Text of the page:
Miscreations of the Self in Eighteenth-Century England
Mary Toft's outrageous claim was accepted because of a common belief that the imagination of a pregnant woman could deform her fetus, creating a monster within her. Drawing on largely unexamined material from medicine, embryology, philosophy, and popular "monster" exhibitions, Todd shows that such ideas about monstrous births expressed a fear central to scientific, literary, and philosophical thinking: that the imagination could transgress the barrier between mind and body.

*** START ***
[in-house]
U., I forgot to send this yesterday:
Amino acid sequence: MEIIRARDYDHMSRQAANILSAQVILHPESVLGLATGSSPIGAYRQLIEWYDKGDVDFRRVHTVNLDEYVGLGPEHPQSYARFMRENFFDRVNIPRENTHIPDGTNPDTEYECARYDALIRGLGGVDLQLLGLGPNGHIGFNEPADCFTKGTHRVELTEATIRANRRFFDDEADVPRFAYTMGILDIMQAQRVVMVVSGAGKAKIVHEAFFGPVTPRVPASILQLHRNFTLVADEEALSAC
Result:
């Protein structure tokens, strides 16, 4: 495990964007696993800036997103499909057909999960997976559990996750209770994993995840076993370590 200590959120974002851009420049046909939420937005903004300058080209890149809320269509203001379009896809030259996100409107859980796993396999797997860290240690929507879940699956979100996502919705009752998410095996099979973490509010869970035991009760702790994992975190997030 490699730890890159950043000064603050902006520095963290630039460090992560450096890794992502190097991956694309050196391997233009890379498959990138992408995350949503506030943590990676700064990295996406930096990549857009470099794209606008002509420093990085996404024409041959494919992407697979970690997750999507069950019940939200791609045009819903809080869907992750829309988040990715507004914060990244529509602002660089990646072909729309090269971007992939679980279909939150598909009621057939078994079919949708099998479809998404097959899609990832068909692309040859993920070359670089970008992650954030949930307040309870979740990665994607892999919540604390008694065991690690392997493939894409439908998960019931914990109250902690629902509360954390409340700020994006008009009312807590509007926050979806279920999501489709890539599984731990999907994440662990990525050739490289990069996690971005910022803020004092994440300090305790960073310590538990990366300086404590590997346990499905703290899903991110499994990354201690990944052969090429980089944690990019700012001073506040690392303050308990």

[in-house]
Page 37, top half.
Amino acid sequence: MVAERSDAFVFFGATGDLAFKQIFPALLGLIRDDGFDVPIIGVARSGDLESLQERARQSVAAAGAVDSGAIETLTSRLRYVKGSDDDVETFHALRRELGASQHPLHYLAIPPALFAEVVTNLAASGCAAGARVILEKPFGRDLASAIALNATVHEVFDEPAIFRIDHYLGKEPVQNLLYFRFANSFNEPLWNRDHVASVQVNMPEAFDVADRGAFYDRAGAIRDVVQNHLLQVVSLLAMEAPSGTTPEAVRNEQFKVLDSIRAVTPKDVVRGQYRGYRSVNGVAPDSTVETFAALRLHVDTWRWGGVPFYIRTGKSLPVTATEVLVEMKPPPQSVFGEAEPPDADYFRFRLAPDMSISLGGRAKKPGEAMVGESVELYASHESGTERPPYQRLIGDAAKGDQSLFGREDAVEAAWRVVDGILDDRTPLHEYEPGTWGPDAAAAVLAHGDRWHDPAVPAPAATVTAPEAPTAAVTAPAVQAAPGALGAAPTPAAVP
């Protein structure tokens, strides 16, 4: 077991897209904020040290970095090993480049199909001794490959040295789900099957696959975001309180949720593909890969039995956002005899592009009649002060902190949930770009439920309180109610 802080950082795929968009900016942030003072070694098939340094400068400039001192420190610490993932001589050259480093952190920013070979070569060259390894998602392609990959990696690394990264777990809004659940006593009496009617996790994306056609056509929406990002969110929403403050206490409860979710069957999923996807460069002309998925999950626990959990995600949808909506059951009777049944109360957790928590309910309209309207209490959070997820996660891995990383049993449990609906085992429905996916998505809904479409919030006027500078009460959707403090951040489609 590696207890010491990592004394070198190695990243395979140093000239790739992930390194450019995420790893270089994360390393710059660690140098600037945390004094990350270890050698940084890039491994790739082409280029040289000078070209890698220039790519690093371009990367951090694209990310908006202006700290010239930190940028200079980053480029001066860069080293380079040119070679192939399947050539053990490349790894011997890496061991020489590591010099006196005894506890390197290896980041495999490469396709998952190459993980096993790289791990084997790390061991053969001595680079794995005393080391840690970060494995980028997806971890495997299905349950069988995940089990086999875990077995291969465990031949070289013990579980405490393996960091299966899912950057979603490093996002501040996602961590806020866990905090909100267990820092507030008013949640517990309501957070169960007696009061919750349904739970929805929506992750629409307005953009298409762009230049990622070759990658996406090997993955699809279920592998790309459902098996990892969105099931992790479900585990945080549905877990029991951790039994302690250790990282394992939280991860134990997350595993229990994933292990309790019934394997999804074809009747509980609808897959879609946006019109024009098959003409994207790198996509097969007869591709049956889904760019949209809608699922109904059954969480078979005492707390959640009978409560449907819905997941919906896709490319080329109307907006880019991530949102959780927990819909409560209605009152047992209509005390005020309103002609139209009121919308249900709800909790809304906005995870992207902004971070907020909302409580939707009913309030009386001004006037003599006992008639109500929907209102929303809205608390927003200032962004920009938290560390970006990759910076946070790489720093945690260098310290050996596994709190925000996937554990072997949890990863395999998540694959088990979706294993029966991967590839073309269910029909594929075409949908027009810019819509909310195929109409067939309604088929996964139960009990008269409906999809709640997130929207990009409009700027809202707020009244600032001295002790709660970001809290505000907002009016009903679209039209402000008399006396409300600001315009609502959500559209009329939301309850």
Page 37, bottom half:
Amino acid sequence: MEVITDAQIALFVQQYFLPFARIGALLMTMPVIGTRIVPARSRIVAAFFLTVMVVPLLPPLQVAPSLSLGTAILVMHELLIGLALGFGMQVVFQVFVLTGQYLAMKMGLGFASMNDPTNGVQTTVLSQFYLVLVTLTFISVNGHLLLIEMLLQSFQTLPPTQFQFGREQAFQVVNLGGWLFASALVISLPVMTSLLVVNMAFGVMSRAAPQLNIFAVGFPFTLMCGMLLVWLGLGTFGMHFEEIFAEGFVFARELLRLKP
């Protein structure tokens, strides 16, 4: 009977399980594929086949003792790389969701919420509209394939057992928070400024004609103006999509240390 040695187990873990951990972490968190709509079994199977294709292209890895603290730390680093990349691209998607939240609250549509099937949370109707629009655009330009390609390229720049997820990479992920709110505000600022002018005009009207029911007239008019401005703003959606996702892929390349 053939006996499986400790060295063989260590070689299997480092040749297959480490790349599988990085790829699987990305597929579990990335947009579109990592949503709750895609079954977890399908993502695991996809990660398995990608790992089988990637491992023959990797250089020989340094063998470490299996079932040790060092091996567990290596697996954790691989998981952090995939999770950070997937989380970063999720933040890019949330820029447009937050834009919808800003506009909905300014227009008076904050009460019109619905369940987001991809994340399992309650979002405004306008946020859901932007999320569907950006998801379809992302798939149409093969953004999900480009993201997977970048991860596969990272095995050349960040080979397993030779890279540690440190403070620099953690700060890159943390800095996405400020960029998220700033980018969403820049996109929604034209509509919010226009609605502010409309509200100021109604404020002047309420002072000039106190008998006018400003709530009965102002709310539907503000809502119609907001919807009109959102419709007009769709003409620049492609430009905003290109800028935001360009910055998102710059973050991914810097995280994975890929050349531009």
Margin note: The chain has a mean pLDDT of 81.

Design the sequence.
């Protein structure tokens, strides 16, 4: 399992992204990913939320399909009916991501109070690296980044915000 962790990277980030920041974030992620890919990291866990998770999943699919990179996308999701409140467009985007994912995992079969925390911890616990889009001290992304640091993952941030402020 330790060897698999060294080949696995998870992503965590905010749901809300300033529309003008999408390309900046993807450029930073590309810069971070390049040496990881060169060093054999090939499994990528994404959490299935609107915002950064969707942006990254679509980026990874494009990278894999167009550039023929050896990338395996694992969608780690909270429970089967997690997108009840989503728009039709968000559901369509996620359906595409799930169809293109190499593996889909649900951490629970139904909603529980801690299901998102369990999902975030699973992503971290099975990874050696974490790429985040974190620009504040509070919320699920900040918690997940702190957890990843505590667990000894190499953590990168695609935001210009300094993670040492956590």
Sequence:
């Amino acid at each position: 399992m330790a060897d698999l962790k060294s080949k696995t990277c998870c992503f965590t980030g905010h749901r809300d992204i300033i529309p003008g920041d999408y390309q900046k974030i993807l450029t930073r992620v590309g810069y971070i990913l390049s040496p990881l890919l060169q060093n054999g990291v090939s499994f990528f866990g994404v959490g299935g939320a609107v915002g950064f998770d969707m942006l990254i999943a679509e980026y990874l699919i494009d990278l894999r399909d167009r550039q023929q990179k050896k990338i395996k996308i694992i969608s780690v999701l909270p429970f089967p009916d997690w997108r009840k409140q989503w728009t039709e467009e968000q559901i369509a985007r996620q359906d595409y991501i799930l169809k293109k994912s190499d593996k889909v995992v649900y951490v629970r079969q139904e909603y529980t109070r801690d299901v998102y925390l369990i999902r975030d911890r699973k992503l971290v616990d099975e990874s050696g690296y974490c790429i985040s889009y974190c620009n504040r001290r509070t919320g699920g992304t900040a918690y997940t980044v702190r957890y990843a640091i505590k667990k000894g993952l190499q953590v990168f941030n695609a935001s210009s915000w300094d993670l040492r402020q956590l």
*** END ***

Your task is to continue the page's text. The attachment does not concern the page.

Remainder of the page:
In his analysis of the Toft case, Todd exposes deep anxieties about the threat this transgressive imagination posed to the idea of the self as stable, coherent, and autonomous. Major works of Pope and Swift reveal that they, too, were concerned with these issues, and Imagining Monsters provides detailed discussions of Gulliver's Travels and The Dunciad illustrating how these writers used images of monstrosity to explore the problematic nature of human identity. It also includes a provocative analysis of Pope's later work that takes into account his physical deformity and his need to defend himself in a society that linked a deformed body with a deformed character.